What about the story I hear you cry! Oh come on! You had to have been exploring the upper reaches of the Amazon for the last fifty years not to know that. Okay, then just for the kiddywinks. A Mexican farming village is preyed upon each year after harvest by a terrible Bandito, Calvera (Eli Wallach) and his gang of forty thugs, who take most of their crops only leaving them with just enough to live on in poverty. The villagers eventually decide that enough is enough and club together to buy guns to see off the marauding gang. They witness a brave deed by Chris (Yul Brynner) and Vin (Steve McQueen) who ride shotgun on a hearse to ensure that an old Indian gets a decent burial despite the prejudice of townsfolk. Afterwards they approach Chris for help in buying guns but he persuades them to hire gunmen instead. He goes through the process of putting together his team - each character with their own story – before setting out for the village. The seven gunslingers (okay, six gunslingers and a knife thrower) give Calvera’s men a nasty shock on their first encounter, but things don’t go to plan thereafter. Will the seven win? How many will be alive at the end of the picture? For answers to these and other questions you’ll have to watch the movie.


    For me, the greatest selling point of this film just has to be the cast of great Hollywood names all together in one movie. Each one tries to steal the scene from the rest by using little acting tricks to draw attention to themselves. Childish but fun.


    John Sturges is a name synonymous with big Hollywood movies and when you read his name as director in the titles you know that you’re in for some strong action material and real manly stuff. He never disappoints and he turned in just as good a job here as he did on ‘The Great Escape’ which starred many of the same actors.


    There are several scenes in ‘The Magnificent Seven’ that lodge in the memory. For me, the best has to be the sequence where Chris & Vin take the hearse up to Boot Hill, risking being used as target practice by every redneck in town. It shows two men with guts who work together to ensure that the right and decent thing is done – forming an instant bond and shared respect, a camaraderie that is so often missing in the modern day ‘civilised’ world.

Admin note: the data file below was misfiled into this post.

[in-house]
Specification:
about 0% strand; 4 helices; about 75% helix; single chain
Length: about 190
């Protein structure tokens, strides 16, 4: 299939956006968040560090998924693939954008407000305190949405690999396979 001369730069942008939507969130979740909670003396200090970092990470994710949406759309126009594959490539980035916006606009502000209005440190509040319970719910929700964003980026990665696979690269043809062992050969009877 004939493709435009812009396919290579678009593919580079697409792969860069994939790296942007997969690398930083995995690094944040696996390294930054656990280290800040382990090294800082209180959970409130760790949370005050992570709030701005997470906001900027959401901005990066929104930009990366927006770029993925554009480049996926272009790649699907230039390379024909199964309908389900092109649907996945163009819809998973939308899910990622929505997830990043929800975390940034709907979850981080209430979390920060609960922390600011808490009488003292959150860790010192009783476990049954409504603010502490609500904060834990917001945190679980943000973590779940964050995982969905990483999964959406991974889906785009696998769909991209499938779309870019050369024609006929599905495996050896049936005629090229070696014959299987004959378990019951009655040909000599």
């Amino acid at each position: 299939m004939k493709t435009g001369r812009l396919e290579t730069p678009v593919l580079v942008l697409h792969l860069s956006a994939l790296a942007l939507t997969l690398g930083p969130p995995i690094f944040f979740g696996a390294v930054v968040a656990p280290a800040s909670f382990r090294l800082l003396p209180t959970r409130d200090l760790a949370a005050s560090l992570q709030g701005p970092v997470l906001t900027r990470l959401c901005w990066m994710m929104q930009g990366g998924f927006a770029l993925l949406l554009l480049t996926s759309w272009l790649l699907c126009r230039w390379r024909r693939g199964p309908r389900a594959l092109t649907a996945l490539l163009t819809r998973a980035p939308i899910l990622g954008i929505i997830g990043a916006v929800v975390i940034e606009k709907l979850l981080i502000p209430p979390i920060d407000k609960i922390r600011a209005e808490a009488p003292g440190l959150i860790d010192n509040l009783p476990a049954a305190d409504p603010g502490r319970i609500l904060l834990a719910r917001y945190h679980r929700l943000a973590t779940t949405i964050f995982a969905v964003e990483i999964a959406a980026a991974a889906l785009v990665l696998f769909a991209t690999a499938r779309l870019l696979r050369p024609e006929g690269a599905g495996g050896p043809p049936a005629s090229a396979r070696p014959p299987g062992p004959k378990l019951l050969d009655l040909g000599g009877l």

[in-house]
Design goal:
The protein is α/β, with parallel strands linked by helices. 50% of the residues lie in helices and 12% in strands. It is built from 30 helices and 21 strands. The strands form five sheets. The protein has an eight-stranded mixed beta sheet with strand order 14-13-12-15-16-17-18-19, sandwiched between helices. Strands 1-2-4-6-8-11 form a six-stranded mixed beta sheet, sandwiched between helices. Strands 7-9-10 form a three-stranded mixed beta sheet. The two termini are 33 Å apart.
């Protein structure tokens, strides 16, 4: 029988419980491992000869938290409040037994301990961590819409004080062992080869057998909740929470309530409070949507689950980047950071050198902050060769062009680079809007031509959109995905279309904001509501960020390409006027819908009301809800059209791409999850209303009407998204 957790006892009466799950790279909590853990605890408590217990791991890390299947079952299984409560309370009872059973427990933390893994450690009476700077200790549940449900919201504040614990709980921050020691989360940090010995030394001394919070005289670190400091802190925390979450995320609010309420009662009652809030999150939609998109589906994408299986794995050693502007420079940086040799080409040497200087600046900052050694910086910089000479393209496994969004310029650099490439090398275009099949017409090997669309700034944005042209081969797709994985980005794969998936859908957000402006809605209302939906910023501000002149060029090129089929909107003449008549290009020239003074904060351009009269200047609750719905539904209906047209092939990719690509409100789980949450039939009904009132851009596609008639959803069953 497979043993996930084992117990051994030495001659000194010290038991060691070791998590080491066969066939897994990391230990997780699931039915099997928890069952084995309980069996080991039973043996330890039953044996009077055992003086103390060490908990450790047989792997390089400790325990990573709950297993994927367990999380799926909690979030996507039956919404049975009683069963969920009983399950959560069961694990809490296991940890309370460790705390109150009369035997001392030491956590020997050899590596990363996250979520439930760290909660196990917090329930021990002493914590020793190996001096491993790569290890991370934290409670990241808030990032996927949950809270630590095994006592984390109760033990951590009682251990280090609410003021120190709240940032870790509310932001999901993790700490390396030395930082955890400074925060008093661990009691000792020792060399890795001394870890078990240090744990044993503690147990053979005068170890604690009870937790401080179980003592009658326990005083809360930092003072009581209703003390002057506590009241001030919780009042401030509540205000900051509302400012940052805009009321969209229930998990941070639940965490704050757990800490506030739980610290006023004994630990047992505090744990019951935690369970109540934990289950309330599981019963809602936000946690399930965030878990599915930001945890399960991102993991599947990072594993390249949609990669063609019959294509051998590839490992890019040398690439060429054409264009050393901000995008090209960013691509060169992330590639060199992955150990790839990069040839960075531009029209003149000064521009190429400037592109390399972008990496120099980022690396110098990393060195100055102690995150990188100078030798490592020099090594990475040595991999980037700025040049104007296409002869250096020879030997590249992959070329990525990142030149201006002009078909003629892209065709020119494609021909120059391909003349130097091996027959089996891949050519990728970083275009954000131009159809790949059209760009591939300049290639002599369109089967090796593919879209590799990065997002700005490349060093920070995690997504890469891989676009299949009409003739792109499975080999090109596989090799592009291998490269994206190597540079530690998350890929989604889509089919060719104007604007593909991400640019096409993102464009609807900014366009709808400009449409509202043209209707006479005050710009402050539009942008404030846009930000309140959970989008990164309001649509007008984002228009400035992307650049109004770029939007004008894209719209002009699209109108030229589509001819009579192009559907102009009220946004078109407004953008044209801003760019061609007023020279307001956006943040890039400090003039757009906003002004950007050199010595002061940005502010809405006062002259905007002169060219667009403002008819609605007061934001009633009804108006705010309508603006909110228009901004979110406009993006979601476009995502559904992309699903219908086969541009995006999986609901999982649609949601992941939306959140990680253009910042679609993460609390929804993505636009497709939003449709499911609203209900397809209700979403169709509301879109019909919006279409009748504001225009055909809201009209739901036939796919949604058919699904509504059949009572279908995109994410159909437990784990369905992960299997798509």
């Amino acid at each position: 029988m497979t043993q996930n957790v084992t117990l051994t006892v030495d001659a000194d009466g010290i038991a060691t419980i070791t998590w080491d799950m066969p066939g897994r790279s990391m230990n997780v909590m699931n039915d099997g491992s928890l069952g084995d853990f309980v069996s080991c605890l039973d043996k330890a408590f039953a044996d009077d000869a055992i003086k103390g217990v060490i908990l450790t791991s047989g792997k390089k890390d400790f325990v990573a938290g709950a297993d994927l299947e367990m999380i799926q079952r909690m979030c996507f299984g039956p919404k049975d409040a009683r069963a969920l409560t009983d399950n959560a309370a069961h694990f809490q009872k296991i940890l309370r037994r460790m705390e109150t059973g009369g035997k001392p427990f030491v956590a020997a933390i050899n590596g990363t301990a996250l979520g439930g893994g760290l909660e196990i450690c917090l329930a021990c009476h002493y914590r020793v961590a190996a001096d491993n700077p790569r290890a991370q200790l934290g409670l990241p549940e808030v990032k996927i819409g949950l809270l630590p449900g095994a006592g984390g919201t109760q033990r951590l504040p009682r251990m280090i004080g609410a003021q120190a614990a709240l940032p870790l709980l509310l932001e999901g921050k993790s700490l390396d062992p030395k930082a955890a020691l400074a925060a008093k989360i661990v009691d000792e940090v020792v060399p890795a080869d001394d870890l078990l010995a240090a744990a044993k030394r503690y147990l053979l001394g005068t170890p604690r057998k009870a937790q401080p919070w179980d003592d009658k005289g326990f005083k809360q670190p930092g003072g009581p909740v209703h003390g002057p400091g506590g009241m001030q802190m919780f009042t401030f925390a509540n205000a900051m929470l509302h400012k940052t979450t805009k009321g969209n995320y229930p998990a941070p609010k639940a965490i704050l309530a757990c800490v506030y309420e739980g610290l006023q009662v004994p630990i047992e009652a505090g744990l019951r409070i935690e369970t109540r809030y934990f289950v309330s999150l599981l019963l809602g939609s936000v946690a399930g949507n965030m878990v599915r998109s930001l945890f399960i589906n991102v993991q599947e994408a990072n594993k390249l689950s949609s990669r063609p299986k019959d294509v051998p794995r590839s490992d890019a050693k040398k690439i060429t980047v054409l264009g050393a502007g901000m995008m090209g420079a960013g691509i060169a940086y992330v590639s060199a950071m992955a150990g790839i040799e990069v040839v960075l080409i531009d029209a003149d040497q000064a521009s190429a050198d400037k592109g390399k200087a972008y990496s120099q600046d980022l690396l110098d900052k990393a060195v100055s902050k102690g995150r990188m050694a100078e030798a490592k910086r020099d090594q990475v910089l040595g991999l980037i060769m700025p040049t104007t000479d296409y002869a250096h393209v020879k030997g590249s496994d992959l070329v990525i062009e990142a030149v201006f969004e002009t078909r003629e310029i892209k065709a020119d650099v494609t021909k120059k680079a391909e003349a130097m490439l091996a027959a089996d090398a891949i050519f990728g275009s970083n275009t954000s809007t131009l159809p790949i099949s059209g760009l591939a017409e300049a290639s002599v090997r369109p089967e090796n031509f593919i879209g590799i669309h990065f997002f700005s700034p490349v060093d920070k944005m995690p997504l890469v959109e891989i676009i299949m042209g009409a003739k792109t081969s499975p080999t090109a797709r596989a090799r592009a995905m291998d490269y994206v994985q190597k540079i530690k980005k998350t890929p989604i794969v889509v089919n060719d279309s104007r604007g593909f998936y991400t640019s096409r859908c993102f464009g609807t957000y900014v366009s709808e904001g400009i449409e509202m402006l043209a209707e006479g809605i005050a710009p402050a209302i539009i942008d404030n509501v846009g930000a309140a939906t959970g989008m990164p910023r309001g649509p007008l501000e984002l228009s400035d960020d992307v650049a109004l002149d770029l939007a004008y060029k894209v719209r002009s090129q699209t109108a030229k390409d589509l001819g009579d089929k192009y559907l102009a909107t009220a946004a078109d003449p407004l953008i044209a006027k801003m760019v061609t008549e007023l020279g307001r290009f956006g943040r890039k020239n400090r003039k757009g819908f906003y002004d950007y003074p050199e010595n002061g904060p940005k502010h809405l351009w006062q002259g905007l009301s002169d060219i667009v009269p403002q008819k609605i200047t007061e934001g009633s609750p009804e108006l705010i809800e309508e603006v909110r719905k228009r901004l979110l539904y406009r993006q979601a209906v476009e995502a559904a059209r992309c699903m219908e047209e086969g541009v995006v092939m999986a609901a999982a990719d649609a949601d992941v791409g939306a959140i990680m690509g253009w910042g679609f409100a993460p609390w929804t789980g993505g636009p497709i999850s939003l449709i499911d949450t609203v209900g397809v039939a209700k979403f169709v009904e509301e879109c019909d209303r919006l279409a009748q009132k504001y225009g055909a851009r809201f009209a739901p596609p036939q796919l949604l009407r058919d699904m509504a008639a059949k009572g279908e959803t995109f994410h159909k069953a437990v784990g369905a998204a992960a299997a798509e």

The scene where they are run out of town by Calvera, given back their guns and told to go is another where they prove their courage. They could quite easily ride off into the sunset, but they go back because they hadn’t completed the job they set out to do – and also because they’re men.


    In the end this is a guy’s picture and a classic to boot. It celebrates manhood and the ‘old code’ that includes doing what’s right and not being pushed around. It’s a very satisfying watch that includes enough escapism to ensure that we are transported back to our childhood where we had our very own gunfights with our cap guns – emulating the quick draws and sharp shooting we had all seen at the movies. If I ever spot myself in a full length mirror and fail to get the urge to reach for my six-gun in an attempt to outdraw myself, then I will know that the child within me is dead and it’s time to give up. Until then the spirit of ‘The Magnificent Seven’ lives on!